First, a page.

After the operation, the patient continued to take megestrol acetate. In June 2019, the hysteroscopy and segmental curettage were reexamined. Postoperative pathology showed that the endometrium of left uterus was moderately differentiated endometrioid carcinoma. With strong needs for child-bearing, our patient continuously chose to take megestrol acetate and reviewed hysteroscopy and curettage again in October 2019. Postoperative pathology result of left uterine endometrium was still in accordance with endometrioid carcinoma (moderately differentiated). Doctors recommended surgical treatment due to the unsatisfied outcome of conservative drug treatment. However, the patient refused and continued to take megestrol acetate for outpatient follow-up. Things changed in April 2020 when the pelvic enhanced MRI of our patient showed abnormal enhancement of left endometrium which was more obvious than before. In May 2020, she finally underwent the abdominal surgery with the left uterus and left fallopian tube resection. There were two spindle shaped uterus and accessories in bilateral iliac fossa. During the surgery, we opened the left ureteral tunnel, pushed down the bladder to 3 cm below the external orifice of the cervix and blocked the left uterine artery above it. The left utero-sacral ligament was cut and sewed 2 cm beside the uterus. The vaginal septum was cut open. We removed the left uterus along the space between the two cervixes. The left uterine endometrium was thick and crisp according to the postoperatively dissected specimen. The pathological findings were consistent with moderately differentiated endometrioid carcinoma with changes after treatment in the left uterus. The molecular and gene detection of the specimen showed that it may belong to the molecular type of MMR deficiency type which belongs to sporadic endometrial carcinoma and does not belong to Lynch syndrome.

The patient recovered well after operation. Combined with postoperative pathology, the patient was diagnosed as stage IA of moderately differentiated endometrial carcinoma in the left uterus. No abnormalities were found in the postoperative reexamination during which she has been trying to get pregnant in fertility center.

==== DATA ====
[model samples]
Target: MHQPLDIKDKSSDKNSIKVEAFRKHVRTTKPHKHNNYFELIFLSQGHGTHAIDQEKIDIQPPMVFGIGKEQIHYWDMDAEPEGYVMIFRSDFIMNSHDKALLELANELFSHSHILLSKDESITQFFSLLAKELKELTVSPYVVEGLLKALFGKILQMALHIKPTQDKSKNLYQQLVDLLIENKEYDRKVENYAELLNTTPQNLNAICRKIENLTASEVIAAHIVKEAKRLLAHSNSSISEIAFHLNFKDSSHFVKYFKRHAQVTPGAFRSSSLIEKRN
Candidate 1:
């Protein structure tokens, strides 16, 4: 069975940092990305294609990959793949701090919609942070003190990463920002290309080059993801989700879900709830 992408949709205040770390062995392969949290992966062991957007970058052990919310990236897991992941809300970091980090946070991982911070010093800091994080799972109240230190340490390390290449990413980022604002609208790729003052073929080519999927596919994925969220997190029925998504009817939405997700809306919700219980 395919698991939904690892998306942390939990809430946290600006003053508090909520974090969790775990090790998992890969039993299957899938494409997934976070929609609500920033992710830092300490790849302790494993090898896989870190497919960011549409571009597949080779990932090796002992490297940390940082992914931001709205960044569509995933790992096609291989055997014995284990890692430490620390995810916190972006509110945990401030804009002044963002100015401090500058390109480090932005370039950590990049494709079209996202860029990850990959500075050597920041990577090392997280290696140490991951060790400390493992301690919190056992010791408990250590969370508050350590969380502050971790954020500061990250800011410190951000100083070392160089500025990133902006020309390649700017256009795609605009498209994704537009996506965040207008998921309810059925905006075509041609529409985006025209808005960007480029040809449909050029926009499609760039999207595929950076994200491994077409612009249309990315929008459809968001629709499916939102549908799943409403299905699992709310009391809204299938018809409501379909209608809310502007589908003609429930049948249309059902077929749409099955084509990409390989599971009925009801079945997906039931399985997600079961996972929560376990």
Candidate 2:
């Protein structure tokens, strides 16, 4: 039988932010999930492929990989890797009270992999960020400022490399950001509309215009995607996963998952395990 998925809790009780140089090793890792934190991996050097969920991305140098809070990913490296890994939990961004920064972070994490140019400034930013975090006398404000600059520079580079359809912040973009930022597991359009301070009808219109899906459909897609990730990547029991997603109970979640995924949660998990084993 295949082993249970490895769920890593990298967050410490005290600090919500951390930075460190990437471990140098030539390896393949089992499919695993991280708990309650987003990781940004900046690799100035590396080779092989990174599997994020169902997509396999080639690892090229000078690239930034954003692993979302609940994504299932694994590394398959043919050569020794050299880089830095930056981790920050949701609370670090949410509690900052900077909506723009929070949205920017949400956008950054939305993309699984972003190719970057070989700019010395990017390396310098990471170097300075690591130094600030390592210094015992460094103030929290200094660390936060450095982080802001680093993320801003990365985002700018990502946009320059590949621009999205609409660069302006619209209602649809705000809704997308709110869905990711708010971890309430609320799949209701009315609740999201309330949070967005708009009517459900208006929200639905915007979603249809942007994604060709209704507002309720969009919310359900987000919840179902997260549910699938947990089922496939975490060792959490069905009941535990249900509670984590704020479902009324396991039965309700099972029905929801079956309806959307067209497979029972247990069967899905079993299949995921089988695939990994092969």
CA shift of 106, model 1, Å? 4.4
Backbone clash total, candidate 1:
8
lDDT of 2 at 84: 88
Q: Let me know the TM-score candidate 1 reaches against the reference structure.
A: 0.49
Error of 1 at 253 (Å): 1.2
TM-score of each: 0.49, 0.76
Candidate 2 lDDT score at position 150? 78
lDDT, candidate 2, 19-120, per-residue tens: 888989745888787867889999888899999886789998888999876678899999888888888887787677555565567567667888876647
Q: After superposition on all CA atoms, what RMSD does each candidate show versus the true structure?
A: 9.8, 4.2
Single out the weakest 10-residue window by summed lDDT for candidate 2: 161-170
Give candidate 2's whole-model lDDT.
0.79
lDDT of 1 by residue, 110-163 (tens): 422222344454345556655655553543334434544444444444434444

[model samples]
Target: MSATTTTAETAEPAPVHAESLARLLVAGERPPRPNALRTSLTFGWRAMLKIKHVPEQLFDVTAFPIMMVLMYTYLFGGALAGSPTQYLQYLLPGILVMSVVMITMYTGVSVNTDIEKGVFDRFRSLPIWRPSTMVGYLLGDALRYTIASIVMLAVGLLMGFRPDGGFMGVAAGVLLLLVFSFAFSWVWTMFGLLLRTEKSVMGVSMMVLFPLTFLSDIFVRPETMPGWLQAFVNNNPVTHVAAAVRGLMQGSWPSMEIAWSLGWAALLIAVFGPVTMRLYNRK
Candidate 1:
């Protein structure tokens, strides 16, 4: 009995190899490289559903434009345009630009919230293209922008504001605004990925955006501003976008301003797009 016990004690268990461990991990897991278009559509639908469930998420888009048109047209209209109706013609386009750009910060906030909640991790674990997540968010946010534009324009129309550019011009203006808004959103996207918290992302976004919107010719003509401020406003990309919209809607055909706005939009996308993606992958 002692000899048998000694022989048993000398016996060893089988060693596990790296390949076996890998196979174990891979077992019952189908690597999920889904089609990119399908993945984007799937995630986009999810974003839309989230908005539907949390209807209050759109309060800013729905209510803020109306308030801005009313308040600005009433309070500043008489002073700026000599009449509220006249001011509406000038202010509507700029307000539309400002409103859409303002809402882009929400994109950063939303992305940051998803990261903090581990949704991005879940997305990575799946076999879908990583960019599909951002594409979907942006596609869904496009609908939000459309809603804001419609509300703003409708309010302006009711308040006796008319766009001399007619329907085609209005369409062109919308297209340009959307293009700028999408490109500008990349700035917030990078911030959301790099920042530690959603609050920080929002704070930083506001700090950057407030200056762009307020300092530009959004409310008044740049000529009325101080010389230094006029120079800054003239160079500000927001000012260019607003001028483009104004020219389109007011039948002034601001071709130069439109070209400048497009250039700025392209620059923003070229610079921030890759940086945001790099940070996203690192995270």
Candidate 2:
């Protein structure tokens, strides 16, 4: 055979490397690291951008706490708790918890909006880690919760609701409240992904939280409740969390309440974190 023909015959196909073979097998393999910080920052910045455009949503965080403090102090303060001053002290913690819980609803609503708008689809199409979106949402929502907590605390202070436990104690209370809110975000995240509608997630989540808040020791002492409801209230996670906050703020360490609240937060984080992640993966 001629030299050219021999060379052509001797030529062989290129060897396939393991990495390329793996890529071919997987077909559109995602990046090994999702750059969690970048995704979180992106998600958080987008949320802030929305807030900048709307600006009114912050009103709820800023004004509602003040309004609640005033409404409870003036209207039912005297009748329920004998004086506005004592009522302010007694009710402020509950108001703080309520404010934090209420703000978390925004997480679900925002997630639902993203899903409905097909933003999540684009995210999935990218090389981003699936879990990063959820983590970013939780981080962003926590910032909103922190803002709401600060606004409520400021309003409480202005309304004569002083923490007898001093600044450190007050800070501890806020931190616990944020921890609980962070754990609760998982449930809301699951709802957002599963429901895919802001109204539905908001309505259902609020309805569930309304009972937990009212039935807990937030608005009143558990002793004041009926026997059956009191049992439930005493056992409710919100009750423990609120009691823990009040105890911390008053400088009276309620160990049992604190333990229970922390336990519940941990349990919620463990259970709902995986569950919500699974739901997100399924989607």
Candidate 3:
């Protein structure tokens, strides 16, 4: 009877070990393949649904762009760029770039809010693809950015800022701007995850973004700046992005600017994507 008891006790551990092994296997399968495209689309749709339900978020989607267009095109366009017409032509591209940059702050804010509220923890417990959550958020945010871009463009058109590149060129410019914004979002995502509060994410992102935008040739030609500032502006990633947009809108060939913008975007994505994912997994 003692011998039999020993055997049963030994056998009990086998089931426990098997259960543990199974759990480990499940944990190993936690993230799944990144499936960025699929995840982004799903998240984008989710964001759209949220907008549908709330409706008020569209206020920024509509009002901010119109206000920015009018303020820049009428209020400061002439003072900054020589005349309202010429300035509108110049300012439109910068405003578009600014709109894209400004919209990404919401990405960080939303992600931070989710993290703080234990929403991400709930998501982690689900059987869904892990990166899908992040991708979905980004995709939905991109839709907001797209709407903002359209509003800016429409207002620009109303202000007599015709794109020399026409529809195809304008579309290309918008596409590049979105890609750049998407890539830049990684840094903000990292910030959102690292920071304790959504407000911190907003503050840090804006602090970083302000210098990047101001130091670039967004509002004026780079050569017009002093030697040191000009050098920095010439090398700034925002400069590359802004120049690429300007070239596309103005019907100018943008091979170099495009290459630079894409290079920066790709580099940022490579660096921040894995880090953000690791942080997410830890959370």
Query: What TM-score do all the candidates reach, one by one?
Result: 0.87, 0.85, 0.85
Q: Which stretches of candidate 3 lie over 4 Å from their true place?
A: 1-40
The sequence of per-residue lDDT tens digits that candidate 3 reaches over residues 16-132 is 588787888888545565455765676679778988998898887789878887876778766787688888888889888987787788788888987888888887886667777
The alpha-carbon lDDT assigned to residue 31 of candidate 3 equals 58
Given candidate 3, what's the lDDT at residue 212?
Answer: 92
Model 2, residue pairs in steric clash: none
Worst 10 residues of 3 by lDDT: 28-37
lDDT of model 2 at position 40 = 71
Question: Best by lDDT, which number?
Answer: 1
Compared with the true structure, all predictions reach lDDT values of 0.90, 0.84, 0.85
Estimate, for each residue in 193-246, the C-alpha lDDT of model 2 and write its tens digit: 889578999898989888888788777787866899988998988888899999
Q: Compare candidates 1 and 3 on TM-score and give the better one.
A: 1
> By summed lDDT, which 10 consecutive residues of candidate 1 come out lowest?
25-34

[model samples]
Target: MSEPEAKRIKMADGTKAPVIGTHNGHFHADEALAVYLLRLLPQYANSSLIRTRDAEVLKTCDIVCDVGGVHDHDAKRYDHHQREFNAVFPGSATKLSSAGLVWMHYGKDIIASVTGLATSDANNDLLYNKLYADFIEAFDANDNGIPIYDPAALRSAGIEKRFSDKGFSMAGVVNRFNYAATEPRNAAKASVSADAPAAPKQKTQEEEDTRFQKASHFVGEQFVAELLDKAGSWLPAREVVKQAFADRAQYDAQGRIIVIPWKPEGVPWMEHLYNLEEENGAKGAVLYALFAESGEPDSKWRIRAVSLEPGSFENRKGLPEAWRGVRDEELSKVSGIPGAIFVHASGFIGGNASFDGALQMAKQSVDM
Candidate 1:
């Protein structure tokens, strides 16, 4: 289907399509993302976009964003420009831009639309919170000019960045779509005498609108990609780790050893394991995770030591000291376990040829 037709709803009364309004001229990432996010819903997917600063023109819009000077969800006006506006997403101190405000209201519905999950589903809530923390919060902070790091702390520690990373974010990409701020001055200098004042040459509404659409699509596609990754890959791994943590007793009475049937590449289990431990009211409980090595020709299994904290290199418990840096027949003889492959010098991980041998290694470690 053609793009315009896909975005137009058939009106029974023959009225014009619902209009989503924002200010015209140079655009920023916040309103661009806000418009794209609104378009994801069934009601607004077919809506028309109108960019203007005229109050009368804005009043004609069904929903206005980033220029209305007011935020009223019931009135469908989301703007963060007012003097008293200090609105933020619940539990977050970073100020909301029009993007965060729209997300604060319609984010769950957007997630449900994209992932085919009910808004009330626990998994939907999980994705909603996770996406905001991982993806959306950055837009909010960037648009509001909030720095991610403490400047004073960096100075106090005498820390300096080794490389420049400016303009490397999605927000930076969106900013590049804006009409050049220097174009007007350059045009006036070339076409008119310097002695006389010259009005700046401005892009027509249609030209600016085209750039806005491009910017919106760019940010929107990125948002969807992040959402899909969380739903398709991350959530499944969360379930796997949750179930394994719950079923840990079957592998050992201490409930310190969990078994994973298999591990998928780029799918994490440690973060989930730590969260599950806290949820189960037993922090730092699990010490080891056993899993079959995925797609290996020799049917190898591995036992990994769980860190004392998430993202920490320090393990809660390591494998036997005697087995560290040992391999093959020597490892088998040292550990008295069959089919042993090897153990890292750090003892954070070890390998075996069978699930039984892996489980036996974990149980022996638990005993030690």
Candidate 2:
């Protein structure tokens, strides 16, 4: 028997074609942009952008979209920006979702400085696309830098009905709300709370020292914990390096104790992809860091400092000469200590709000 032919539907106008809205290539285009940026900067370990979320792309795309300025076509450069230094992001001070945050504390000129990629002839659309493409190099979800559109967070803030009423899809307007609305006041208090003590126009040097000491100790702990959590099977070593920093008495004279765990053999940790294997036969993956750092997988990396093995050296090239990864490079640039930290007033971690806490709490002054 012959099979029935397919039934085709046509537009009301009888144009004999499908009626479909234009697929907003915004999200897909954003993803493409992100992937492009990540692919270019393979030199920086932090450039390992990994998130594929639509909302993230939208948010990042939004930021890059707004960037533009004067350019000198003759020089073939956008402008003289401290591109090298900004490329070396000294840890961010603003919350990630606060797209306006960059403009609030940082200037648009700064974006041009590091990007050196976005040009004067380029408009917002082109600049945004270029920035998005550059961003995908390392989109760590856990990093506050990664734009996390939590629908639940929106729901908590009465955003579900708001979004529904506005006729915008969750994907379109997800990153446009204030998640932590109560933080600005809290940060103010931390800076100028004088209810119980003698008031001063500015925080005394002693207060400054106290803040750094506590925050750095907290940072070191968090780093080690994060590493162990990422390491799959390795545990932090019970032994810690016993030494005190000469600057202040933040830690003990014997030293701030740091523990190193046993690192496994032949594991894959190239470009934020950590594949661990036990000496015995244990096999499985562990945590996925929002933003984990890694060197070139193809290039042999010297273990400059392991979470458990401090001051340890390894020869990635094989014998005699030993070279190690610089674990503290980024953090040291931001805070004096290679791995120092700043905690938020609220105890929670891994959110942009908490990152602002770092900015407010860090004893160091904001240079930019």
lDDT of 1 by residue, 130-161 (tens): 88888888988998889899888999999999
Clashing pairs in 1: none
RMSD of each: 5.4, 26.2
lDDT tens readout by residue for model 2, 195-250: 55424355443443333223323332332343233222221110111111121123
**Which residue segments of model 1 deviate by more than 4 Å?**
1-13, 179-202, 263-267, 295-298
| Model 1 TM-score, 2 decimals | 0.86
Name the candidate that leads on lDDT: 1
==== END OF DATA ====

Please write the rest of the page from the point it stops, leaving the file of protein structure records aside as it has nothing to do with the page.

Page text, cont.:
Discussion and conclusions

Female reproductive tract parenchyma develops from epithelia of the Mullerian Duct and urogenital sinus [5]. The Mullerian duct is derived from intermediate mesoderm and composed of epithelial and mesenchymal cells [1]. The development of the Mullerian ducts includes specification, invagination and elongation. Around gestational week 8, the Mullerian ducts’ terminal ends join together. A midline epithelial septum separates the lumen of two adjacent Mullerian ducts temporarily. During the 9th week, the midline septum disappears largely resulting in the formation of the midline uterovaginal canal. At about 12 weeks gestation, the basement membranes disappearing makes the uterus created. At about 14–15 weeks, gland formation in the uterine corpus and uterine cervix initially appears. The primary glands are found distant from the uterine fundus which proves that the first forming glands are possible to be cervical glands. The uterine and cervical glands which are initially lined by a simple columnar epithelium are elongated and branched within the stroma by 20 weeks [6, 7]. Based on the embryological observations, it can be speculated that the two uterine cavities of double uterus have the same risk of pathological changes.

We reviewed published articles about uterus didelphys combining endometrial cancer in PubMed from 1990 to 2020 [8,9,10,11,12,13,14,15,16,17,18,19,20,21,22]. There are 15 cases included, the age of onset ranged from 33 to 75 years old. Among them, 4 cases [11, 12, 15, 16] were less than 45 years old. Only 1 case had finished child-bearing before operation [12], 3 cases had staged operation, and only 1 case had bilateral adnexa reserved [11]. Many guidelines and experts achieved consensus on fertility preservation therapy for endometrial cancer at home and abroad. There are no discussion about the preservation of fertility function in young patients with uterus didelphys and endometrial carcinoma due to the rare occurrence.